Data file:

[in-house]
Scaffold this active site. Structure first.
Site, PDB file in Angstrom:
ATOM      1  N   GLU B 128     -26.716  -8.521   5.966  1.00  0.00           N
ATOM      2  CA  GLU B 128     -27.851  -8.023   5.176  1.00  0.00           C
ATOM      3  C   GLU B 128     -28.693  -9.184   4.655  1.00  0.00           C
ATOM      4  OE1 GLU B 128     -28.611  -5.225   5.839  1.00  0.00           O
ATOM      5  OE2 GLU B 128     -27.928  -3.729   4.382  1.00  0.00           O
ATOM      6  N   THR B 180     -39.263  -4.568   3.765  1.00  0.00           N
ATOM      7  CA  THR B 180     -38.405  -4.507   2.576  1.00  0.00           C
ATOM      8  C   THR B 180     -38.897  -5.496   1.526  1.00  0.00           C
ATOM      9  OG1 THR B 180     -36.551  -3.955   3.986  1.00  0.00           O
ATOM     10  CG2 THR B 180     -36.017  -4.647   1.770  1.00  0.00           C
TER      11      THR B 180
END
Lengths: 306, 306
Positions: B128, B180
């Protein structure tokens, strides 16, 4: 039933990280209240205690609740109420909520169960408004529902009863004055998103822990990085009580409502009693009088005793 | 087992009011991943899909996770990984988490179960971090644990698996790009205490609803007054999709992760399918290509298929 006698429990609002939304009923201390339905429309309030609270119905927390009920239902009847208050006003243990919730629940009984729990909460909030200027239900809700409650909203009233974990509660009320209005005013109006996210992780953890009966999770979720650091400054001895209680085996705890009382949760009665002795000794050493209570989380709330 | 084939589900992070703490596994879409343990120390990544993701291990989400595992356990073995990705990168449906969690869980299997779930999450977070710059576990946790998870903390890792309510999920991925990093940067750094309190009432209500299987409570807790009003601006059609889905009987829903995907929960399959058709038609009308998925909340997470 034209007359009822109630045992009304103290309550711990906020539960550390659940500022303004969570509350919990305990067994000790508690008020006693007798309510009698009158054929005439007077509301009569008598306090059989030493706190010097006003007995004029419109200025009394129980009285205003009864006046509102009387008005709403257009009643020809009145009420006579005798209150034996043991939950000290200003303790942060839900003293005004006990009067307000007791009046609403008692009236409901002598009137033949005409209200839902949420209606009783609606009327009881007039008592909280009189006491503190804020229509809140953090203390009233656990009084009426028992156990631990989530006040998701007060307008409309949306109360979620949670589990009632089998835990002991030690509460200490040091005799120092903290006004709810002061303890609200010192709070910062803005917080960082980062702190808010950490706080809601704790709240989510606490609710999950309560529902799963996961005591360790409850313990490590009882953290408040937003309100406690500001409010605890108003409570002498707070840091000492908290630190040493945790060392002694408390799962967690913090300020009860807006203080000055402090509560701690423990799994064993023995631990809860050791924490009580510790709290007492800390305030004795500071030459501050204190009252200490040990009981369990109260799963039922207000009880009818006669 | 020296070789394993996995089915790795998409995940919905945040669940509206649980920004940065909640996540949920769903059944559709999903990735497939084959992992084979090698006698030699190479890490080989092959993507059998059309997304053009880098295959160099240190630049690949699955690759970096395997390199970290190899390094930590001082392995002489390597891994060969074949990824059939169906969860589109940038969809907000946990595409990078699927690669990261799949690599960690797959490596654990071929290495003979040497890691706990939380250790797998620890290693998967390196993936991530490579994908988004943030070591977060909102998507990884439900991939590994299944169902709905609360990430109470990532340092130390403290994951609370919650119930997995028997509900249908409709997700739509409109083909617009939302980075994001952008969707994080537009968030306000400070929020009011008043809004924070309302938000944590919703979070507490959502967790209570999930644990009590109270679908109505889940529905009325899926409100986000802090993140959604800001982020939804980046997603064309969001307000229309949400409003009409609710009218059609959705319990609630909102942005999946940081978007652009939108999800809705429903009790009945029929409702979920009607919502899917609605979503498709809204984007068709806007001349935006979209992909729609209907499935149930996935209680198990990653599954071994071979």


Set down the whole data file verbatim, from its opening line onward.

[in-house]
Scaffold this active site. Structure first.
Site, PDB file in Angstrom:
ATOM      1  N   GLU B 128     -26.716  -8.521   5.966  1.00  0.00           N
ATOM      2  CA  GLU B 128     -27.851  -8.023   5.176  1.00  0.00           C
ATOM      3  C   GLU B 128     -28.693  -9.184   4.655  1.00  0.00           C
ATOM      4  OE1 GLU B 128     -28.611  -5.225   5.839  1.00  0.00           O
ATOM      5  OE2 GLU B 128     -27.928  -3.729   4.382  1.00  0.00           O
ATOM      6  N   THR B 180     -39.263  -4.568   3.765  1.00  0.00           N
ATOM      7  CA  THR B 180     -38.405  -4.507   2.576  1.00  0.00           C
ATOM      8  C   THR B 180     -38.897  -5.496   1.526  1.00  0.00           C
ATOM      9  OG1 THR B 180     -36.551  -3.955   3.986  1.00  0.00           O
ATOM     10  CG2 THR B 180     -36.017  -4.647   1.770  1.00  0.00           C
TER      11      THR B 180
END
Lengths: 306, 306
Positions: B128, B180
């Protein structure tokens, strides 16, 4: 039933990280209240205690609740109420909520169960408004529902009863004055998103822990990085009580409502009693009088005793 | 087992009011991943899909996770990984988490179960971090644990698996790009205490609803007054999709992760399918290509298929 006698429990609002939304009923201390339905429309309030609270119905927390009920239902009847208050006003243990919730629940009984729990909460909030200027239900809700409650909203009233974990509660009320209005005013109006996210992780953890009966999770979720650091400054001895209680085996705890009382949760009665002795000794050493209570989380709330 | 084939589900992070703490596994879409343990120390990544993701291990989400595992356990073995990705990168449906969690869980299997779930999450977070710059576990946790998870903390890792309510999920991925990093940067750094309190009432209500299987409570807790009003601006059609889905009987829903995907929960399959058709038609009308998925909340997470 034209007359009822109630045992009304103290309550711990906020539960550390659940500022303004969570509350919990305990067994000790508690008020006693007798309510009698009158054929005439007077509301009569008598306090059989030493706190010097006003007995004029419109200025009394129980009285205003009864006046509102009387008005709403257009009643020809009145009420006579005798209150034996043991939950000290200003303790942060839900003293005004006990009067307000007791009046609403008692009236409901002598009137033949005409209200839902949420209606009783609606009327009881007039008592909280009189006491503190804020229509809140953090203390009233656990009084009426028992156990631990989530006040998701007060307008409309949306109360979620949670589990009632089998835990002991030690509460200490040091005799120092903290006004709810002061303890609200010192709070910062803005917080960082980062702190808010950490706080809601704790709240989510606490609710999950309560529902799963996961005591360790409850313990490590009882953290408040937003309100406690500001409010605890108003409570002498707070840091000492908290630190040493945790060392002694408390799962967690913090300020009860807006203080000055402090509560701690423990799994064993023995631990809860050791924490009580510790709290007492800390305030004795500071030459501050204190009252200490040990009981369990109260799963039922207000009880009818006669 | 020296070789394993996995089915790795998409995940919905945040669940509206649980920004940065909640996540949920769903059944559709999903990735497939084959992992084979090698006698030699190479890490080989092959993507059998059309997304053009880098295959160099240190630049690949699955690759970096395997390199970290190899390094930590001082392995002489390597891994060969074949990824059939169906969860589109940038969809907000946990595409990078699927690669990261799949690599960690797959490596654990071929290495003979040497890691706990939380250790797998620890290693998967390196993936991530490579994908988004943030070591977060909102998507990884439900991939590994299944169902709905609360990430109470990532340092130390403290994951609370919650119930997995028997509900249908409709997700739509409109083909617009939302980075994001952008969707994080537009968030306000400070929020009011008043809004924070309302938000944590919703979070507490959502967790209570999930644990009590109270679908109505889940529905009325899926409100986000802090993140959604800001982020939804980046997603064309969001307000229309949400409003009409609710009218059609959705319990609630909102942005999946940081978007652009939108999800809705429903009790009945029929409702979920009607919502899917609605979503498709809204984007068709806007001349935006979209992909729609209907499935149930996935209680198990990653599954071994071979």